As I struggle along with my recovery I am actually getting more and more worried. I have had so many head injuries over the last 40+ years the more I am reading and learning about head injuries the more I am thinking there is far more serious issues in play.
Chronic traumatic encephalopathy (CTE) is a progressive degenerative disease found in people who have had a severe blow or repeated blows to the head. The disease was previously called dementia pugilistica (DP), i.e. “punch-drunk,” as it was initially found in those with a history of boxing. CTE has been most commonly found in professional athletes participating in American football, rugby, ice hockey, boxing, professional wrestling, stunt performing, bull riding, rodeo, and other contact sports who have experienced repeated concussions or other brain trauma. Its presence in domestic violence is also being investigated. It can affect high school athletes, especially American football players, following few years of activity. It is a form of tauopathy.
Signs and symptoms:
Symptoms of CTE generally begin 8–10 years after experiencing repetitive mild traumatic brain injury. First stage symptoms include deterioration in attention as well as disorientation, dizziness, and headaches. Further disabilities appear with progressive deterioration, including memory loss, social instability, erratic behavior, and poor judgment. Third and fourth stages include progressive dementia, slowing of muscular movements, hypomimia, impeded speech, tremors, vertigo, deafness, and suicidality. Additional symptoms include dysarthria, dysphagia, and ocular abnormalities – such as ptosis.
Currently, CTE can only be definitively diagnosed by direct tissue examination, including full autopsies and immunohistochemical brain analyses.
The neuropathological appearance of CTE is distinguished from other tauopathies, such as Alzheimer’s disease. The four clinical stages of observable CTE disability have been correlated with tau pathology in brain tissue, ranging in severity from focal perivascular epicentres of neurofibrillary tangles in the frontal neocortex to severe tauopathy affecting widespread brain regions.
When will I know for certain?
The lack of in vivo techniques to show distinct biomarkers for CTE is the reason CTE cannot currently be diagnosed during lifetime. The only known diagnosis for CTE occurs by studying the brain tissue after death. Concussions are non-structural injuries and do not result in brain bleeding, which is why most concussions cannot be seen on routine neuroimaging tests such as CT or MRI. Acute concussion symptoms (those that occur shortly after an injury) should not be confused with CTE. Differentiating between prolonged post-concussion syndrome (PCS, where symptoms begin shortly after a concussion and last for weeks, months, and sometimes even years) and CTE symptoms can be difficult. Research studies are currently examining whether neuroimaging can detect subtle changes in axonal integrity and structural lesions that can occur in CTE. Recently, more progress in in-vivo diagnostic techniques for CTE has been made, using DTI, fMRI, MRI, and MRS imaging; however, more research needs to be done before any such techniques can be validated.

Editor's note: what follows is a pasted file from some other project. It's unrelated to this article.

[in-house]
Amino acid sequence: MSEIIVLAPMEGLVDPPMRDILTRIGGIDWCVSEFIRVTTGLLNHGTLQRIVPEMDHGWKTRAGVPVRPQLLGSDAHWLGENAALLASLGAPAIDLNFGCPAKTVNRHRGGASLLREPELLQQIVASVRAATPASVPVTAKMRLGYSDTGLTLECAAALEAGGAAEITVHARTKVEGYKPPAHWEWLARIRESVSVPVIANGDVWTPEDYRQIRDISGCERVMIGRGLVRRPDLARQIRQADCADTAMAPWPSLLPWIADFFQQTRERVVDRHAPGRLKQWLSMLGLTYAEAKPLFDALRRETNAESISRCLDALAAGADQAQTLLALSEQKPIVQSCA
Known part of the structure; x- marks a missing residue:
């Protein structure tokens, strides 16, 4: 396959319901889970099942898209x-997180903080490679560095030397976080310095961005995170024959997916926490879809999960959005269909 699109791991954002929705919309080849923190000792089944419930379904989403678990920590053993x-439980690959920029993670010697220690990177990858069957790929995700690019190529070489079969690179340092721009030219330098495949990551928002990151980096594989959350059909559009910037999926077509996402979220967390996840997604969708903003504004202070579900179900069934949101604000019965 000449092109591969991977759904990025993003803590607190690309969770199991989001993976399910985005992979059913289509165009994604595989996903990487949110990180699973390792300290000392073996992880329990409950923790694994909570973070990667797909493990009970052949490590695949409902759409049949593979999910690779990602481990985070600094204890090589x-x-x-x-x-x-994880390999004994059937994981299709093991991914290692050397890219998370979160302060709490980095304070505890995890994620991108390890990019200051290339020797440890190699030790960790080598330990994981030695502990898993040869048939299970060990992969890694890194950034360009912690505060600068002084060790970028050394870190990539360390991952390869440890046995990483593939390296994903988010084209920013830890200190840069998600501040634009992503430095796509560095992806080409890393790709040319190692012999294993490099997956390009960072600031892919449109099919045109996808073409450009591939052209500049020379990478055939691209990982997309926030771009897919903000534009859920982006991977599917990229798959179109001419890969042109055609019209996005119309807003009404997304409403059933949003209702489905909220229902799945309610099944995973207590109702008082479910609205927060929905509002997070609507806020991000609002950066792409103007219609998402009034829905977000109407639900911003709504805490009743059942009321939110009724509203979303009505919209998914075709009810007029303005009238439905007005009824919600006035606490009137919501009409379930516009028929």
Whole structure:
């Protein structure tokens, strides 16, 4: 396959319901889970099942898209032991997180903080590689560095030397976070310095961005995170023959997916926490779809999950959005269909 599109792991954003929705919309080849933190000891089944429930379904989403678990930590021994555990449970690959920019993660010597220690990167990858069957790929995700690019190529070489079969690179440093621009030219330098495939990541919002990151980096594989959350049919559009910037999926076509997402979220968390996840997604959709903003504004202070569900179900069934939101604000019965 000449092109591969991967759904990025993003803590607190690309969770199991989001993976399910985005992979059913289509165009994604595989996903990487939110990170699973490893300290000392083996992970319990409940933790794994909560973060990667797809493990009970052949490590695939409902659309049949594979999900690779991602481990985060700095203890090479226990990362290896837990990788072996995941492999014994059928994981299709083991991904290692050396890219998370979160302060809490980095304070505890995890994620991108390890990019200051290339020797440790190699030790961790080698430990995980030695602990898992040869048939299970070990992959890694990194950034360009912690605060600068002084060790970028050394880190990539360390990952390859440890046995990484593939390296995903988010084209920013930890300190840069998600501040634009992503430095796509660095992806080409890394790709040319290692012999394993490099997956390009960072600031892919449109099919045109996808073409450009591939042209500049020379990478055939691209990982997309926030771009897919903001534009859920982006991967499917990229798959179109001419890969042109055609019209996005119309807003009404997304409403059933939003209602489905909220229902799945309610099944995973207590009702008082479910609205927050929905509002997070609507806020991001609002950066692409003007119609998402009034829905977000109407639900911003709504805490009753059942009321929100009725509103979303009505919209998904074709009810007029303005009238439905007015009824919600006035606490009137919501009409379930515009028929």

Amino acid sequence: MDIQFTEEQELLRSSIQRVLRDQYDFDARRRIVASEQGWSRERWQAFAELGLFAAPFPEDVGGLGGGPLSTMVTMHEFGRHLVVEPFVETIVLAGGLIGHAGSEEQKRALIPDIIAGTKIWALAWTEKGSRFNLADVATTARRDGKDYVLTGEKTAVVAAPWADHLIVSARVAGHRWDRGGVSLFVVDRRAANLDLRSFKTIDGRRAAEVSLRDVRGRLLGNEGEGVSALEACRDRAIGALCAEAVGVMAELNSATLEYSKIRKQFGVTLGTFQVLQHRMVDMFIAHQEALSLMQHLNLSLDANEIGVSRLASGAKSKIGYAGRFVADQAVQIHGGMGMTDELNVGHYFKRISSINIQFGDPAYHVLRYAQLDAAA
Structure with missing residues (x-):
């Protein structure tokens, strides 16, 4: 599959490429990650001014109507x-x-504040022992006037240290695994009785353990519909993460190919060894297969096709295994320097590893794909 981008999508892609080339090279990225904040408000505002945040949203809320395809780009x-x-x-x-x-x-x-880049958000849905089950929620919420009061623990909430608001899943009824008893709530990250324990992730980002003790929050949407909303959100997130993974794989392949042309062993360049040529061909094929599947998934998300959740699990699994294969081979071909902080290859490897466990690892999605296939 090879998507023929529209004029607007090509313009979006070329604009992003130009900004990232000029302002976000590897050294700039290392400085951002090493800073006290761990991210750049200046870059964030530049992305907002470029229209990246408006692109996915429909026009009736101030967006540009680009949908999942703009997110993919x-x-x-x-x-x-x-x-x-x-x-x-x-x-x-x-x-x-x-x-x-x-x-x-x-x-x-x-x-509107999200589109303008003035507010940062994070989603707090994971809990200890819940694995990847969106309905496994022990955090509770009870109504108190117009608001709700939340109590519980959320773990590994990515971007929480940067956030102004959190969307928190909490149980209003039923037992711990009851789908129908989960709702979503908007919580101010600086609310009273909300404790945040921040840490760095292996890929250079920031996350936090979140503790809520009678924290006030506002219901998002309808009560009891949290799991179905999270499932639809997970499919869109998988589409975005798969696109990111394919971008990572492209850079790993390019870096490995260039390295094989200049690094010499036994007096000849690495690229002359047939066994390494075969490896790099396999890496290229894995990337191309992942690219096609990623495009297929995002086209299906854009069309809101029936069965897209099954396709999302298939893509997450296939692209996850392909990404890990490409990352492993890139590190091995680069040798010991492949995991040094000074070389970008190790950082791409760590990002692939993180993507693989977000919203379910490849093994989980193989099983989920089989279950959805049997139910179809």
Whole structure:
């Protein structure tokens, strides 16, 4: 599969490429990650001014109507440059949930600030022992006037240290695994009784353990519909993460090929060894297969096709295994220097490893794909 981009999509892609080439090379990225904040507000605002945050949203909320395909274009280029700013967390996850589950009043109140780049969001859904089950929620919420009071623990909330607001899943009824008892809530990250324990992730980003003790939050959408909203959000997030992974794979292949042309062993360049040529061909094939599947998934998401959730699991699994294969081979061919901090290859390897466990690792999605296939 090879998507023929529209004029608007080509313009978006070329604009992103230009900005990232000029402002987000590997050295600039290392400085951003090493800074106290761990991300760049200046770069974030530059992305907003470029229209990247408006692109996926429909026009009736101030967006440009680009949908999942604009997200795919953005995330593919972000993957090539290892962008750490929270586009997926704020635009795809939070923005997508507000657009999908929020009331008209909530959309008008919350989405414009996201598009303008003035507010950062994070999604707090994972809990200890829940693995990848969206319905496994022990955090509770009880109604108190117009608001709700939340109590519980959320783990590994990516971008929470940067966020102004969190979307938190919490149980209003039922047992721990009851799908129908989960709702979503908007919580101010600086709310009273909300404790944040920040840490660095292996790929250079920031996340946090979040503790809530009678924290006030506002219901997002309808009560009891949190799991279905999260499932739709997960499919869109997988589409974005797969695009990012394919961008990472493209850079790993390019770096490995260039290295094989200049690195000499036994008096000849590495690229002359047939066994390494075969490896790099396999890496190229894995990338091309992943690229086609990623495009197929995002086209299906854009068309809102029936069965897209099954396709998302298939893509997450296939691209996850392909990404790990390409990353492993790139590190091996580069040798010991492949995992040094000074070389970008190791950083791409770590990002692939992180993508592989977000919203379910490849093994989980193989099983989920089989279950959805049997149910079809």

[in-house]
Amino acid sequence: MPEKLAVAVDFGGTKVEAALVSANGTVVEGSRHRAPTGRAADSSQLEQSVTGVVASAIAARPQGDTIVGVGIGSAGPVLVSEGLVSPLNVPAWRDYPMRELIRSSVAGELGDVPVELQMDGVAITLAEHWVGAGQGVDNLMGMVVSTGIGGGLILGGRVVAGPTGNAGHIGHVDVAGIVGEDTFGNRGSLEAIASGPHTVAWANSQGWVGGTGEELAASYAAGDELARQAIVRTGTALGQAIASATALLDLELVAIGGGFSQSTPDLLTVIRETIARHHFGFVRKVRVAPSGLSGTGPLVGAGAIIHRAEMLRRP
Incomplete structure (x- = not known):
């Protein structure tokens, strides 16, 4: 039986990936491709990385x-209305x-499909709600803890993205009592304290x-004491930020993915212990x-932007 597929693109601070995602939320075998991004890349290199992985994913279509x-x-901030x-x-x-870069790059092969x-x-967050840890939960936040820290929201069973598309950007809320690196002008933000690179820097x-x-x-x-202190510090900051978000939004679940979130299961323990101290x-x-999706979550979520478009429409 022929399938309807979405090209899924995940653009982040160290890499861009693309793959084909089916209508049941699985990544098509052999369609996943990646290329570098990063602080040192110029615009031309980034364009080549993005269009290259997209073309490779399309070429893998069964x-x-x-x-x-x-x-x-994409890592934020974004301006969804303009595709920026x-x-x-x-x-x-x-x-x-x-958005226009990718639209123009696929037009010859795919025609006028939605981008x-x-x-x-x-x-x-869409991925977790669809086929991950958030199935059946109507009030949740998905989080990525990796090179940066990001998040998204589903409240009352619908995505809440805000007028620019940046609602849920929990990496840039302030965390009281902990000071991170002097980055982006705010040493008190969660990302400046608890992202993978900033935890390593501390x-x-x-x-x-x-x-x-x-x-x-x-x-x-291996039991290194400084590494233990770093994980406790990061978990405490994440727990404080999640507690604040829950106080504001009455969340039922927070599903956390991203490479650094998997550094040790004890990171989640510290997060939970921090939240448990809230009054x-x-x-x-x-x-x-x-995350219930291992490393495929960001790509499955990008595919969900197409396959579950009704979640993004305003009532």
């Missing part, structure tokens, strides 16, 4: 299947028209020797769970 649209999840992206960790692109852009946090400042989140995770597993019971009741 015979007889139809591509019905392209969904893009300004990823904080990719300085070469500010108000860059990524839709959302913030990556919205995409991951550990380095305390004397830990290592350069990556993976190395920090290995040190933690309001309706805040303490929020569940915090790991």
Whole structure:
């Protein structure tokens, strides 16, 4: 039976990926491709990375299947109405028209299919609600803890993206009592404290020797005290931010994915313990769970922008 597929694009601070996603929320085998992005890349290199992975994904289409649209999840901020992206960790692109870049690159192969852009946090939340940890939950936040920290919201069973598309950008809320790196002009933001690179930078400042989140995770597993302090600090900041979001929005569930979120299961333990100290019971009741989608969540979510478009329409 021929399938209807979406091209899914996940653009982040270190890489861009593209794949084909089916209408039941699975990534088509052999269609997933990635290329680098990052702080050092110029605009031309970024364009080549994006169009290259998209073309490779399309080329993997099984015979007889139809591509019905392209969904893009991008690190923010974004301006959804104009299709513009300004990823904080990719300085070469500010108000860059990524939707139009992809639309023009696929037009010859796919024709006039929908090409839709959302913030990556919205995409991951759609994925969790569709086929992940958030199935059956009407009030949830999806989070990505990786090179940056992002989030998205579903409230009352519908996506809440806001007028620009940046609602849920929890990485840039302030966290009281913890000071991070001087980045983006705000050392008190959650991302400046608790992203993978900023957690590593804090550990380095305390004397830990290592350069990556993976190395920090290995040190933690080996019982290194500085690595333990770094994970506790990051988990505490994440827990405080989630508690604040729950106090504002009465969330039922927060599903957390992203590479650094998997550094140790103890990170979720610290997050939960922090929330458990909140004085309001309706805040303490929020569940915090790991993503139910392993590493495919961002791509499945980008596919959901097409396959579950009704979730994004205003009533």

OOPS, I guess I won’t worry about CTE if true, I will be dead before they find out if this is what is going on.
Things seems to be a little on the easy side of things to be only a Post Concussion Syndrome as my symptoms are far more severe than listed below:
Post-concussion symptoms include:
- Loss of concentration and memory
- Noise and light sensitivity
Headaches that occur after a concussion can vary and may feel like tension-type headaches or migraines. Most, however, are tension-type headaches, which may be associated with a neck injury that happened at the same time as the head injury.
In some cases, people experience behavior or emotional changes after a mild traumatic brain injury. Family members may notice that the person has become more irritable, suspicious, argumentative or stubborn.
I do think this is something I have as well, but not only, and this is where I am starting to think I have messed myself up really good this time.
Traumatic Brain Injury:
Traumatic brain injury can have wide-ranging physical and psychological effects. Some signs or symptoms may appear immediately after the traumatic event, while others may appear days or weeks later.
Mild traumatic brain injury
The signs and symptoms of mild traumatic brain injury may include:
- Loss of consciousness for a few seconds to a few minutes
- No loss of consciousness, but a state of being dazed, confused or disoriented
- Nausea or vomiting
- Fatigue or drowsiness
- Difficulty sleeping
- Sleeping more than usual
- Dizziness or loss of balance
- Sensory problems, such as blurred vision, ringing in the ears, a bad taste in the mouth or changes in the ability to smell
- Sensitivity to light or sound
Cognitive or mental symptoms
- Memory or concentration problems
- Mood changes or mood swings
- Feeling depressed or anxious
Moderate to severe traumatic brain injuries
Moderate to severe traumatic brain injuries can include any of the signs and symptoms of mild injury, as well as the following symptoms that may appear within the first hours to days after a head injury:
- Loss of consciousness from several minutes to hours
- Persistent headache or headache that worsens
- Repeated vomiting or nausea
- Convulsions or seizures
- Dilation of one or both pupils of the eyes
- Clear fluids draining from the nose or ears
- Inability to awaken from sleep
- Weakness or numbness in fingers and toes
- Loss of coordination
Cognitive or mental symptoms
- Profound confusion
- Agitation, combativeness or other unusual behavior
- Slurred speech
- Coma and other disorders of consciousness